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    What I see happens with the girls who are not great L10's by 9th or 10th grade (at least in my state) is that they end up doing to Div III schools like Brockport, Springfield, or whatever. Not sure how that works from a financial standpoint since there aren't gymnastics scholarships. Do they give them "in state" tuition since we have no div III schools in our state?

    I completely understand the frustration with the time and expense involved in this sport. It's truly a balancing act for the whole family from that standpoint. But as Dunno says, she's still young. If it's not too much of a hardship, I'd definitely give her some more time to see what happens.

    LOVE Picklesmom's post!
     
  6. bribri514

    bribri514 Gymnast Banned

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    OFF TOPIC WARNING! (sorry just had to respond to the college thing going on!!)

    It's complicated but there's a difference between being recruited, the divisions, and getting a scholarship.

    The scholarship for gymnastics requiring you to be a L 10 by your freshman year has to do with -major- D I schools. The big ones you have to be a stand out L 10 then or shortly after. Utah, UCLA, Georgia, 'Bama, etc. Only D 1 schools give scholarships. To get a full ride at schools, you have to be about a L 10 by your freshman year. Most schools, especially their gymnastics teams (never ever their football team though grrrrr) have no money so they take one full scholarship and split it up to a bunch of partials. If you're a little behind the curve it's possible to get a partial scholarship and be recruited, so you can be a L 8 or so by your freshman year if you keep moving up to L 10 at smaller D 1 schools that will recruit you at L 9 possibly but mostly a later L 10. Schools like Bridgeport, Air Force, Temple, etc. The Ivys fall in here, but they don't give scholarships, it's a league policy (aka ASac didn't get any scholarship to go to Brown!!) But do not expect a large scholarship at a DI school unless you're a L 10 gymnast (maybe a STELLAR L 9 at a SMALL LOWER level D I, and the sooner the better!!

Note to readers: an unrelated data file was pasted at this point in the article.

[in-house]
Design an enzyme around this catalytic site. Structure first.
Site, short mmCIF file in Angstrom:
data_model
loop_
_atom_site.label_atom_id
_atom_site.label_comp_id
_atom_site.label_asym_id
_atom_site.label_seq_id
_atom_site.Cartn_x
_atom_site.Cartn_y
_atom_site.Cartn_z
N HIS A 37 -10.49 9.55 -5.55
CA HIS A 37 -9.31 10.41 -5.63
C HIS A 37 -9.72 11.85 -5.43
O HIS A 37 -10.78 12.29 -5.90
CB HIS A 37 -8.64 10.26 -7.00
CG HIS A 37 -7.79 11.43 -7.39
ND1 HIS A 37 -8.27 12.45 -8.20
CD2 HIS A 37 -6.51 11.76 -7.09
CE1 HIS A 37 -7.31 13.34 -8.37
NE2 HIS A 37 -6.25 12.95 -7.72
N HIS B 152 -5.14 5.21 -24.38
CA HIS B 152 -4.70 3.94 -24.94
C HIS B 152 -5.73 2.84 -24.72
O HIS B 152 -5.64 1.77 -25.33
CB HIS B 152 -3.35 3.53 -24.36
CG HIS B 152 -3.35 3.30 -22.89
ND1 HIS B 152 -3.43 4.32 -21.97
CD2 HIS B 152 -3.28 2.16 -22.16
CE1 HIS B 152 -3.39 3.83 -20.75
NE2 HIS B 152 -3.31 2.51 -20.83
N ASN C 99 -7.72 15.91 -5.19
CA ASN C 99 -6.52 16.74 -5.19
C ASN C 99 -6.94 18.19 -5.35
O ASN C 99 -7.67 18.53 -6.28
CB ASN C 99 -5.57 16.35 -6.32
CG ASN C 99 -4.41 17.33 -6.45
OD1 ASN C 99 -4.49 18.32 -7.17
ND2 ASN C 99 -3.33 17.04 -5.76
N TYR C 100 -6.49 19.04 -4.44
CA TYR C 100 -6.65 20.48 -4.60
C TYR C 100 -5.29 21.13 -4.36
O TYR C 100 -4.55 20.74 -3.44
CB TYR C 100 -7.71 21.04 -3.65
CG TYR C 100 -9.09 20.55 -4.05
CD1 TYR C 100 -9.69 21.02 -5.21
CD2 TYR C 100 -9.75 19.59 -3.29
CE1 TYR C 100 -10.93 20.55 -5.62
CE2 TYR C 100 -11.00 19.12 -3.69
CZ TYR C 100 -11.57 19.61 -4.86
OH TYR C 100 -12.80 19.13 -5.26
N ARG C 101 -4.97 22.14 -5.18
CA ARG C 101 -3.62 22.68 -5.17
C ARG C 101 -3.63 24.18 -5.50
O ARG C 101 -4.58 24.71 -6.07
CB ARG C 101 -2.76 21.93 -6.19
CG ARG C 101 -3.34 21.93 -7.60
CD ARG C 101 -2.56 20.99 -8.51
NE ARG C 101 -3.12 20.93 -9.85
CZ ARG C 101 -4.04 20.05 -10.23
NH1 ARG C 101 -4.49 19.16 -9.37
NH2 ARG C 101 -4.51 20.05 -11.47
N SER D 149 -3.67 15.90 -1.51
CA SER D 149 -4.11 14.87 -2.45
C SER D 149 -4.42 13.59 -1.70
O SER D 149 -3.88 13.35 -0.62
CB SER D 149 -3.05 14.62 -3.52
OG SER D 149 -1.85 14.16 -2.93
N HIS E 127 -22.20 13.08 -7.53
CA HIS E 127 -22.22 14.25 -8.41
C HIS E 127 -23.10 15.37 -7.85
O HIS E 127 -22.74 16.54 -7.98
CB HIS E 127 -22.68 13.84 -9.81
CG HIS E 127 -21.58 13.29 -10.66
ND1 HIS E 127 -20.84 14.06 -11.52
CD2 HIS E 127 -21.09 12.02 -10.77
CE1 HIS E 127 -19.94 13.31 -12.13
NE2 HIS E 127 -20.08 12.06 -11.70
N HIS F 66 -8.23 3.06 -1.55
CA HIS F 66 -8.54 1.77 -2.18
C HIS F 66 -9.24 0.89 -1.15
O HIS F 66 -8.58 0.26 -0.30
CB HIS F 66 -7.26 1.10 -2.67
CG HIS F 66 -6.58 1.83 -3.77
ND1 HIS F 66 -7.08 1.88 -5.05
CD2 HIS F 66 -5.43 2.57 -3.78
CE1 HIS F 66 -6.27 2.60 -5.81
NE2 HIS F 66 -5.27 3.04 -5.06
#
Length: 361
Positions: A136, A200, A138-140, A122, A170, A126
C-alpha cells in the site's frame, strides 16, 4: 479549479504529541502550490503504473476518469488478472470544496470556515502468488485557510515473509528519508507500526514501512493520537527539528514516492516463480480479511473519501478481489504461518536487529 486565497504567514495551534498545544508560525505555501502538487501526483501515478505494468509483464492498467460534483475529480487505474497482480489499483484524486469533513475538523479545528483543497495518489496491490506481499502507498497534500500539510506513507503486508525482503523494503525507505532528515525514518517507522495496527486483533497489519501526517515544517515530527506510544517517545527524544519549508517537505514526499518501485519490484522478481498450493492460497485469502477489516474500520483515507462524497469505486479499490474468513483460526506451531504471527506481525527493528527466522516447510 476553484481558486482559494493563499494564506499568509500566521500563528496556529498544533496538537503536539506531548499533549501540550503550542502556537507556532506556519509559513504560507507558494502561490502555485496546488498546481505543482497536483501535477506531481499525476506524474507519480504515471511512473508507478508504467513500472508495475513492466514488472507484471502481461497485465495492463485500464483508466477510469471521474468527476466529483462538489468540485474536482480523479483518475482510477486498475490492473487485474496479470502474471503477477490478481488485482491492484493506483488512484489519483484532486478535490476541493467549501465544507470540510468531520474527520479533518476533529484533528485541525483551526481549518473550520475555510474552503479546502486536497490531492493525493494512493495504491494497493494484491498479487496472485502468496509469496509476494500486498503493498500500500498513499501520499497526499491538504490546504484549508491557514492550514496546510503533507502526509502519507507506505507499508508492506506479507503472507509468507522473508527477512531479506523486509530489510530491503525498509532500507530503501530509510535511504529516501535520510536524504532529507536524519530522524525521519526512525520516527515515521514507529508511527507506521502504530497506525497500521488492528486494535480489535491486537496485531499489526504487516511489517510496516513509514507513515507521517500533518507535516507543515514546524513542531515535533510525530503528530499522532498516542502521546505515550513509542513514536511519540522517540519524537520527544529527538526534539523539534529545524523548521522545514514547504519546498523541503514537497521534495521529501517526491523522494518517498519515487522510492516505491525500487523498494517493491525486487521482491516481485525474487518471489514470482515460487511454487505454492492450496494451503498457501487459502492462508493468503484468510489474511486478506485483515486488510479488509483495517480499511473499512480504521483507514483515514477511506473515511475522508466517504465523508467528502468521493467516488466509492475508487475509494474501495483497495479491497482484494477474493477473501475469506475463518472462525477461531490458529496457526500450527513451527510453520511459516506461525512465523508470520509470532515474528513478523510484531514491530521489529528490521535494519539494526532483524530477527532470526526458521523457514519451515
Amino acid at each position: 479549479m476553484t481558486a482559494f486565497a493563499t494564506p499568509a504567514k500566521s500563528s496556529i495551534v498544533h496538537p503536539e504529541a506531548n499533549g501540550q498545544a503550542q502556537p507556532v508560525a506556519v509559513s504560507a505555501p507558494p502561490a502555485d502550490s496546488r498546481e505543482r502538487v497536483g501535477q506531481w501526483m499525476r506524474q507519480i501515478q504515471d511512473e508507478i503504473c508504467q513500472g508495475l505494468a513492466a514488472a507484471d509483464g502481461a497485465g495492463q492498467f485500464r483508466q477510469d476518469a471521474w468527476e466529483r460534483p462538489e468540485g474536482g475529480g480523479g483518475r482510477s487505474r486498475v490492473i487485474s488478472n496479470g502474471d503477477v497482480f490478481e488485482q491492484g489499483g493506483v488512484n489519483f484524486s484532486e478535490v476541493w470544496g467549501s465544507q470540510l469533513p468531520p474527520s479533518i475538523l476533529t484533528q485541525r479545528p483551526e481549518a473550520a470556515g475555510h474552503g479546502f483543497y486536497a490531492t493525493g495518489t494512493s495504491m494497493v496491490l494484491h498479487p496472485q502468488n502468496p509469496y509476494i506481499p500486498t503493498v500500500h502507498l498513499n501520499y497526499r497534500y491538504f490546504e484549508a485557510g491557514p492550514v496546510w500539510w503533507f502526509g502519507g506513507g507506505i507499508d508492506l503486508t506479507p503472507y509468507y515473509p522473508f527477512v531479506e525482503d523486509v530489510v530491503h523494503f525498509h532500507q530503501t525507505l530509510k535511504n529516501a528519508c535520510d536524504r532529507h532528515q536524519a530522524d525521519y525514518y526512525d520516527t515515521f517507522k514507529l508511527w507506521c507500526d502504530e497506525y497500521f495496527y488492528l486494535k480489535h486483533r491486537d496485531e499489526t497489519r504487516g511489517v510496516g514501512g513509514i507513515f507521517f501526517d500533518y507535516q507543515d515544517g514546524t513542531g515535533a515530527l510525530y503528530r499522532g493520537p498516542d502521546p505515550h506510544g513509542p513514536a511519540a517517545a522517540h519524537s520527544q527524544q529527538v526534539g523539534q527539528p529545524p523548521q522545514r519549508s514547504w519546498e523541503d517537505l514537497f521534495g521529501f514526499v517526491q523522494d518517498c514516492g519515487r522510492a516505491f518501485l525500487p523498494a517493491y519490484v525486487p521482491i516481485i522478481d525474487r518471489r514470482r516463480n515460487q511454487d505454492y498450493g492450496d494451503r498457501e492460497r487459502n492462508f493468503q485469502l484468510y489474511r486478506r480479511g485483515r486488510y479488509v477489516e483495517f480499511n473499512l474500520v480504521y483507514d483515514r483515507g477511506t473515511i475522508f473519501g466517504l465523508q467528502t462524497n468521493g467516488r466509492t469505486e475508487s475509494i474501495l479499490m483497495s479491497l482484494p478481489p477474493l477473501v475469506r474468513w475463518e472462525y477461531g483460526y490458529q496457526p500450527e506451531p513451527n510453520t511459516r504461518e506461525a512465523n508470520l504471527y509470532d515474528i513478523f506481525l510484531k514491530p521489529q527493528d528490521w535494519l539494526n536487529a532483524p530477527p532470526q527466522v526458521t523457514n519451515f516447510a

Of course there's tons of college options for gymnasts at lower levels, but fewer scholarship options. DII schools also offer smaller scholarships. The way it goes is sports scholarships are based on the amount of full football scholarships. DI have 85!!!!! (sick I know!!!) DII has 35. It's not the same amount of scholarships as football but close so you can see how much fewer DII have.

    So you're more likely to be recruited at lower levels for DII schools but for gymnastics you will rarely rarely get a full ride, and are more likely to get a small partial supplemented by academic aid which is why it's sooooo important not to throw away school for gym because if you don't go to the Olympics you're waaaaaY behind. If you're a lower level gymnast you can still go to these smaller lower division colleges but you need to have good academics to get the academic scholarships most coaches set you up with instead of athletic ones!!